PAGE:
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absolute monarchy Achaean league ancient ancient Greece Aristotle Aristotle's assembly assembly of freemen Athens become causes century B.C. chap chief citizens civilisation compared conceive conquered conquest constitution council country-state democracy democratic Demos despotism doubtless earliest elected elements England Ephors established European fact favour federal feudal form of government fourth century freemen functions German German tribes gradually Greece Greek city-states hand hereditary Homeric ideal imitation important independent influence Isocrates Italy king kingship land later lecture legislation limited Macedonian magistrates medieval Megara ment modern monarchy natural nobles normally oligarchy oppressive organisation original partly patriarchal period Plato plebeians political development political institutions Political Science political society polity Polybius practically predominance race recognised regards Roman law Rome rule seems senate Sparta struggle supreme Tacitus tendency tends tion towns trace transition tribes Tyrannis Western Europe
Page 357 - ... that nature should thus dissociate and render men apt to invade and destroy one another; and he may therefore, not trusting to this inference made from the passions, desire perhaps to have the same confirmed by experience.
Page 357 - And as small families did then; so now do cities and kingdoms, which are but greater families, for their own security, enlarge their dominions, upon all pretences of danger, and fear of invasion, or assistance that may be given to invaders, and endeavour as much as they can, to subdue, or weaken their neighbours, by open force and secret arts, for want of other caution, justly; and are remembered for it in after ages with honour.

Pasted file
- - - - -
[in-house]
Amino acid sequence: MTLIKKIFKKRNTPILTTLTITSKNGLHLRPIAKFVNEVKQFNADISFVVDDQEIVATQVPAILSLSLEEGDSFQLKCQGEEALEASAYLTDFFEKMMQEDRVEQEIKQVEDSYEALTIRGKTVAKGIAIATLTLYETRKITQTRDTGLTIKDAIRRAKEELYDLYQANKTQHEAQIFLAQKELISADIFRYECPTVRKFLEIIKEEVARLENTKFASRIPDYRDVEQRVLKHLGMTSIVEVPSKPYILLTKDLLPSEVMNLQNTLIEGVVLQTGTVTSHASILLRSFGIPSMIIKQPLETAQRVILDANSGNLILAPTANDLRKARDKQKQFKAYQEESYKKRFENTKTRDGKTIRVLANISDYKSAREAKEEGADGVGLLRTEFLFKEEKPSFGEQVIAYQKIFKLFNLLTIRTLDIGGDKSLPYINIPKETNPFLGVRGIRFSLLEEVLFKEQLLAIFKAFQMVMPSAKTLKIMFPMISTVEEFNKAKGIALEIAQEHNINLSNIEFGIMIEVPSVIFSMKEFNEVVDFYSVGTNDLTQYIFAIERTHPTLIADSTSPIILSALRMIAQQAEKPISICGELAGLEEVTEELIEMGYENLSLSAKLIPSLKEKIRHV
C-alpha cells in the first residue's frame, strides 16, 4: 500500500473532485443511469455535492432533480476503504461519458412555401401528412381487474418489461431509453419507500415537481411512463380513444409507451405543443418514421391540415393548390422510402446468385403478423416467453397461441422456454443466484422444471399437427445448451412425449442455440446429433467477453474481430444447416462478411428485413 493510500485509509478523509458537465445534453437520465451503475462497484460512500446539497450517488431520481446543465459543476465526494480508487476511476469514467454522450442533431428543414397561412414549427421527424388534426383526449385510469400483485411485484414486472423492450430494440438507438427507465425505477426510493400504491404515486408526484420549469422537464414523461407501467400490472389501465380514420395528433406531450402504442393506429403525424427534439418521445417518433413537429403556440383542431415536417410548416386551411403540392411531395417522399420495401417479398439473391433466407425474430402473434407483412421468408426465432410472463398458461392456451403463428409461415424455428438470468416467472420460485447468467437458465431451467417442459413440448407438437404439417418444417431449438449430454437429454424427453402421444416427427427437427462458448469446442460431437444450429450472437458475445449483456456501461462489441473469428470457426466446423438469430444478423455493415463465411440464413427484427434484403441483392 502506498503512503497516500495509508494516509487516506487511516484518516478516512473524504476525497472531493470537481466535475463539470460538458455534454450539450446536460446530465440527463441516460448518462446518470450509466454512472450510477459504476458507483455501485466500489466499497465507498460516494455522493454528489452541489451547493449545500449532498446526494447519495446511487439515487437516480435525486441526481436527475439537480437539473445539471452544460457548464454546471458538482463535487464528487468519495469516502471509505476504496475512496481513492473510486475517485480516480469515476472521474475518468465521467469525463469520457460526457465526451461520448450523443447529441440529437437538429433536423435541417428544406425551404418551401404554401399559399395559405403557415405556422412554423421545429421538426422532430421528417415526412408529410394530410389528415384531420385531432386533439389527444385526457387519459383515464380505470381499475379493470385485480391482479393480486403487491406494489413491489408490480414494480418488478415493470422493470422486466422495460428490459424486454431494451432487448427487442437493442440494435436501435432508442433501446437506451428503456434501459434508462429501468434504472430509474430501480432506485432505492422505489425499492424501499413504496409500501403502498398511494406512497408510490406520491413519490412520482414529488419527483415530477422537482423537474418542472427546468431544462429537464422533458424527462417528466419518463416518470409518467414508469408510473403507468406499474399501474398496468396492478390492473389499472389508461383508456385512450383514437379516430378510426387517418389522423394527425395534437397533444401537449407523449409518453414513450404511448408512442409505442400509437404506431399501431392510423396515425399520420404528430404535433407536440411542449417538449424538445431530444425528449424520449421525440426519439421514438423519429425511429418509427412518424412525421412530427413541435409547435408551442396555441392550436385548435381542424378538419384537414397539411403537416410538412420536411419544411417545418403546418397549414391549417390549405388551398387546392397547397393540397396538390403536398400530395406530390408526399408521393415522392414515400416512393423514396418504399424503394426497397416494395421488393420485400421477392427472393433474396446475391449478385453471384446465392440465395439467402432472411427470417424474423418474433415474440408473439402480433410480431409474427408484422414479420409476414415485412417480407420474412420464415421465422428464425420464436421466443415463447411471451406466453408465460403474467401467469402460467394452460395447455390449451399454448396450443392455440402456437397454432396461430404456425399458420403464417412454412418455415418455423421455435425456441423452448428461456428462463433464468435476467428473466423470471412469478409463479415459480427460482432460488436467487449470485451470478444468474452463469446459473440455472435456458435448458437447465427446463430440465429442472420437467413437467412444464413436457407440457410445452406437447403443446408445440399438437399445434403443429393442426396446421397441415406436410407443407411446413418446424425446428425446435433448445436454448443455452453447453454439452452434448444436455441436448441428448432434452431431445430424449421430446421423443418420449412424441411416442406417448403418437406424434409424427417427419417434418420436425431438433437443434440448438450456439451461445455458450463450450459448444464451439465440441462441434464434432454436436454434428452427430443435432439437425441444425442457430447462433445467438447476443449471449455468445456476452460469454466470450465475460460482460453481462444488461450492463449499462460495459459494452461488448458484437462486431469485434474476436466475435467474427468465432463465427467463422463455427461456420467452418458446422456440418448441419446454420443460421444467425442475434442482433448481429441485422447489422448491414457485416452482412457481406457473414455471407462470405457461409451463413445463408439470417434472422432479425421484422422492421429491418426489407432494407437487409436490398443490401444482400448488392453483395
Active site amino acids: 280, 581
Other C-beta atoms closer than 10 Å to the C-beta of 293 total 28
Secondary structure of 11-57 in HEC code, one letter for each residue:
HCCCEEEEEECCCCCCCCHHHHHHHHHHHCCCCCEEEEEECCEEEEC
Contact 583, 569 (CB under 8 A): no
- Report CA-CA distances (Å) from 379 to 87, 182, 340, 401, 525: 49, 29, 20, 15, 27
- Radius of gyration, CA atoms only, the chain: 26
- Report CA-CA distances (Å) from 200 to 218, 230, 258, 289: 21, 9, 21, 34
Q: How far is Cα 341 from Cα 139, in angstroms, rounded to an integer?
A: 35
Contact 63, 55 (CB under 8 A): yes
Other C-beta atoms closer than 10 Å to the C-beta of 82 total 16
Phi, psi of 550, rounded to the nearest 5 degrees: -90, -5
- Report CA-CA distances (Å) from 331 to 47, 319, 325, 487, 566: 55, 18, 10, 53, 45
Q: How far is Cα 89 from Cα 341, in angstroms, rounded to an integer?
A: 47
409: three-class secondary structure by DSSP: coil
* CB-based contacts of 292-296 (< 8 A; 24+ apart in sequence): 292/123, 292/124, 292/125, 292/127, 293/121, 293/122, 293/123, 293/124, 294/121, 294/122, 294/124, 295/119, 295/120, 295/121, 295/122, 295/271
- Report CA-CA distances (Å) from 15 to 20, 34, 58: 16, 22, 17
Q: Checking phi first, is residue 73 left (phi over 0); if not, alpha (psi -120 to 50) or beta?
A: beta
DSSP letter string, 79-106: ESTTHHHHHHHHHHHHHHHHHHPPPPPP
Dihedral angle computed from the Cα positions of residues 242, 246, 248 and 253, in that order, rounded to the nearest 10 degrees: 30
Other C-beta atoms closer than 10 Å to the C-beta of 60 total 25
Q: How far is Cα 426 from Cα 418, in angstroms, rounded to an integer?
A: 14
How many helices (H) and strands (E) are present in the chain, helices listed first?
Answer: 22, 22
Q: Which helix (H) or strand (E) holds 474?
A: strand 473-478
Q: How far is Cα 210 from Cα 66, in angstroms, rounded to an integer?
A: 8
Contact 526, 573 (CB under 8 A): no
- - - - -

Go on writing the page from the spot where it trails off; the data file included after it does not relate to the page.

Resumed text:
Page 363 - Secondly: in the state of nature there wants a known and indifferent judge, with authority to determine all differences according to the established law. For every one in that state being both judge and executioner of the law of nature, men being partial to themselves, passion and revenge is very apt to carry them too far, and with too much heat in their own cases, as well as negligence and unconcernedness to make them too remiss in other men's.
Page 362 - To which in the state of nature there are many things wanting. First, There wants an established, settled, known law, received and allowed by common consent to be the standard of right and wrong, and the common measure to decide all controversies between them: for though the law of nature...
Page 363 - For every one in that state being both judge and executioner of the law of Nature, men being partial to themselves, passion and revenge is very apt to carry them too far, and with too much heat in their own cases, as well as negligence and unconcernedness, make them too remiss in other men's.
Page 367 - And because it may be too great a temptation to human frailty, apt to grasp at power, for the same persons who have the power of making laws to have also in their hands the power to execute them, whereby they may exempt themselves from obedience to the laws they make, and suit the law, both in its making and execution, to their own private advantage...
Page 405 - THE power of the crown has increased, is increasing, and ought to be diminished...
Page 362 - For though the law of nature be plain and intelligible to all rational creatures; yet men, being biased by their interest, as well as ignorant for want of study of it, are not apt to allow of it as a law binding to them in the application of it to their particular cases.
Page 227 - Behold, I have put My words in your mouth. See, I have this day set you over the nations and over the kingdoms, to root out and to pull down, to destroy and to throw down, to build and to plant.